As Richard Bandler, (bona-fide genius & co-developer of NLP) says "He who hesitates…waits…& waits…& waits…" Almost everyone has situations where you would like to do something, but find yourself hesitating. I’ve heard Bandler describe hesitation as one of the main barriers to learning, & he focuses a great deal of time & energy on helping people to overcome it.

Would you like fries with that

One day in London, I was on the tube on the way to train some telesales people, helping them to overcome ‘sales call reluctance’ (ie. not wanting to pick up the phone & dial.) I was reading the book Change (by Watzlawick, Weakland & Fisch) & came across a story describing how Watzlawick helped a student who had been unable to complete his thesis due to anxiety. He told the student "Go into three shops over the next week & make an absurd request." The student did so, reported a shift in attitude, & finished their thesis shortly thereafter.

I loved the idea, & thought it might be useful with the reluctant telesales team, but I knew that I couldn’t ask them to do something I wasn’t willing to do myself. I said to myself "You have to do this now", & as soon as I got off the tube, I went into a well-known fast-food hamburger joint outside the station. I joined the queue, looking around at the other customers. My heart was pounding like a drum; even though I knew rationally that I was in no danger, my neurology was responding as though I were about to stick up a bank.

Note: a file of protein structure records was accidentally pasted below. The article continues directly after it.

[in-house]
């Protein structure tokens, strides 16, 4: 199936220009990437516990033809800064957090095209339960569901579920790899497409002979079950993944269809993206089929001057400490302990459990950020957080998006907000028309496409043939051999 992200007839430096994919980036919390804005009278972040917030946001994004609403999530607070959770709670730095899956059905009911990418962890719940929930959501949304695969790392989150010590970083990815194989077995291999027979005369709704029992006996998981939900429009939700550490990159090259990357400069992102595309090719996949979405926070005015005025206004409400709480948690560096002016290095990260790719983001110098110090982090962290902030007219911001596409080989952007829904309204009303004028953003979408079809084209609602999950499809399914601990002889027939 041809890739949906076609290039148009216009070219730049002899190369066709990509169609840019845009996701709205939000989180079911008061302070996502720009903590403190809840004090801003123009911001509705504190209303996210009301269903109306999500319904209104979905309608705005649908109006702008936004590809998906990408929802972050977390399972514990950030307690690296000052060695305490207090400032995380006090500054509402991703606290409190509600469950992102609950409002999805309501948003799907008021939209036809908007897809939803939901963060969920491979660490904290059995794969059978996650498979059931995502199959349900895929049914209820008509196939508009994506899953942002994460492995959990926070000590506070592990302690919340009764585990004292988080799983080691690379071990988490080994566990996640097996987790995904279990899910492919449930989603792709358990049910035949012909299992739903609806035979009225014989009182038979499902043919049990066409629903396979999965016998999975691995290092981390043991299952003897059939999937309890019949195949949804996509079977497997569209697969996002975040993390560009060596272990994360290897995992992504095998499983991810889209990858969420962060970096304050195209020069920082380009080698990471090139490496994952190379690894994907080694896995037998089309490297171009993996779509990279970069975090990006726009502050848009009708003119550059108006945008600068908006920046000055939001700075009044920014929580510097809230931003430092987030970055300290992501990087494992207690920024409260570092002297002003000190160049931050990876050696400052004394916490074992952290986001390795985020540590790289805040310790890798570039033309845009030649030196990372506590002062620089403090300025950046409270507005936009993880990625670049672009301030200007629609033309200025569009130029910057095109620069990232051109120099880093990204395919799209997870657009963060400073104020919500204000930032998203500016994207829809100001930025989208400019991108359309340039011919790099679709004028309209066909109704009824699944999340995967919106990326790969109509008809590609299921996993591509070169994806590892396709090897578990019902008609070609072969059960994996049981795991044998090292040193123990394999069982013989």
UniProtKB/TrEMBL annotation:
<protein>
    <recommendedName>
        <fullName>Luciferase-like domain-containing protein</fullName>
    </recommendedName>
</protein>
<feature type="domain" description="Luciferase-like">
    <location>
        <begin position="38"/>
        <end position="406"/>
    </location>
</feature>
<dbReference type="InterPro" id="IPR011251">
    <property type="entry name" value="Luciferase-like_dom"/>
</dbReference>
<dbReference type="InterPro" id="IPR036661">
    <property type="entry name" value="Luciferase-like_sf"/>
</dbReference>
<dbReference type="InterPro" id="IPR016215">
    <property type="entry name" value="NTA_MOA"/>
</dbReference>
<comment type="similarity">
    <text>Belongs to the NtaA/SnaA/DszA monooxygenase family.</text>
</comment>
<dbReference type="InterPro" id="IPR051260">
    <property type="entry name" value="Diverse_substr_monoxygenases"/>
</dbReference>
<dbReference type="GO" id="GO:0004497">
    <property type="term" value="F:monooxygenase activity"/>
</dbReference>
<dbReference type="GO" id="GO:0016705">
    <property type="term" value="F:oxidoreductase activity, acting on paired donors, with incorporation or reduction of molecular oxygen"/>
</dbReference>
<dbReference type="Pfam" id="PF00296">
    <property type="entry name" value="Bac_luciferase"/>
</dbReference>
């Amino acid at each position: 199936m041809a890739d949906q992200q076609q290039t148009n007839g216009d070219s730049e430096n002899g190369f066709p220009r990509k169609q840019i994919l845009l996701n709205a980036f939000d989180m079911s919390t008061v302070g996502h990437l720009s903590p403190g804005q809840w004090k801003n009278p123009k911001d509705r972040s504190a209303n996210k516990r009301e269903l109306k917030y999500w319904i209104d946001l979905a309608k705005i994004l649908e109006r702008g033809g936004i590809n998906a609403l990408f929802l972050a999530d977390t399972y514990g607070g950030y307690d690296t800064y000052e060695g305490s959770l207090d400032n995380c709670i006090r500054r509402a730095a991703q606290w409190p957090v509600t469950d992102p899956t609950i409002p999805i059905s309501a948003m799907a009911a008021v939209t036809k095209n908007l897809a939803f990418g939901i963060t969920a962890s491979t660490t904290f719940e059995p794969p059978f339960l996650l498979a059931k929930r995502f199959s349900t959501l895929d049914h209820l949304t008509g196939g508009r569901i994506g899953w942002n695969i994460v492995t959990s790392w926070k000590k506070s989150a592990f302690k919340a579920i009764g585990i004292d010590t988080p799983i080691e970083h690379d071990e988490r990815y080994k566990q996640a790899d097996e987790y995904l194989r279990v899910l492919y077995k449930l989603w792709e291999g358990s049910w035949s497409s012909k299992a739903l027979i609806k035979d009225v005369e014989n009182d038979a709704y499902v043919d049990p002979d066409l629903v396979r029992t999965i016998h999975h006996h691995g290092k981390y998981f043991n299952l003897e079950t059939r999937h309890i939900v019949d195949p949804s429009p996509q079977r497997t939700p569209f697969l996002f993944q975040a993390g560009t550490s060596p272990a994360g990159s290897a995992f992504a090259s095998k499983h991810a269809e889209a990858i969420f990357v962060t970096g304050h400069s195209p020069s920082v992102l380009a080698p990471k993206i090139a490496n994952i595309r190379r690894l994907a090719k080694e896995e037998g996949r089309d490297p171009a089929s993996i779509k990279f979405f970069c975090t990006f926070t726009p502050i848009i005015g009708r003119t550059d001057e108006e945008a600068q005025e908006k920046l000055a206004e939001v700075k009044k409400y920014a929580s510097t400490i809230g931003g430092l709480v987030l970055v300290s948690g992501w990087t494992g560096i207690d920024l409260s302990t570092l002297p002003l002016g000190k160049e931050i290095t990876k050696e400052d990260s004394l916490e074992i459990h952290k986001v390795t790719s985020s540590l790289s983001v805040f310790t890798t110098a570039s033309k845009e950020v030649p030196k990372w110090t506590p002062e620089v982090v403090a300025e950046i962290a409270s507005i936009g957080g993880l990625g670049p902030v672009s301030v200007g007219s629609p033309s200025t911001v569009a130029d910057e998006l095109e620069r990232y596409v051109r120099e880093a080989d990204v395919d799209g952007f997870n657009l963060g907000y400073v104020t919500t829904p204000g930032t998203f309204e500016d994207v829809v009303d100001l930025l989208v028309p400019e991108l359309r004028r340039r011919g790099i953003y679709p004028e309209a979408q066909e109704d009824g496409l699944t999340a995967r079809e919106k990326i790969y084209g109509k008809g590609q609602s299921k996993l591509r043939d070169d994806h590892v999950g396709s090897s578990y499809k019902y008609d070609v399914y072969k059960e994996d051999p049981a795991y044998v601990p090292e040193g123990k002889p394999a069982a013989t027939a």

When I got to the counter, I looked at the person behind it &, with a straight face, asked for a ham & pineapple pizza. She looked confused and said "What?" I repeated my request. She said "We don’t sell those." "This is a chinese restaurant isn’t it?" I replied. She said no, I said thanks anyway and left. I felt like I had just knocked out Mike Tyson – I felt invincible!

Now, before you send me loads of email saying how childish this is, & how it isn’t really NLP - I know. But the result was amazing. In the days following, I did several similar acts. Each time, my physical response was diminished, but in other areas of my life, the opposite happened. I started to exhibit less hesitation and more wanton ‘go for it’ than ever before!

Thrilled with my success, I invited the telesales people to do similar absurd acts, and they reported similar liberating results. I knew I was onto something.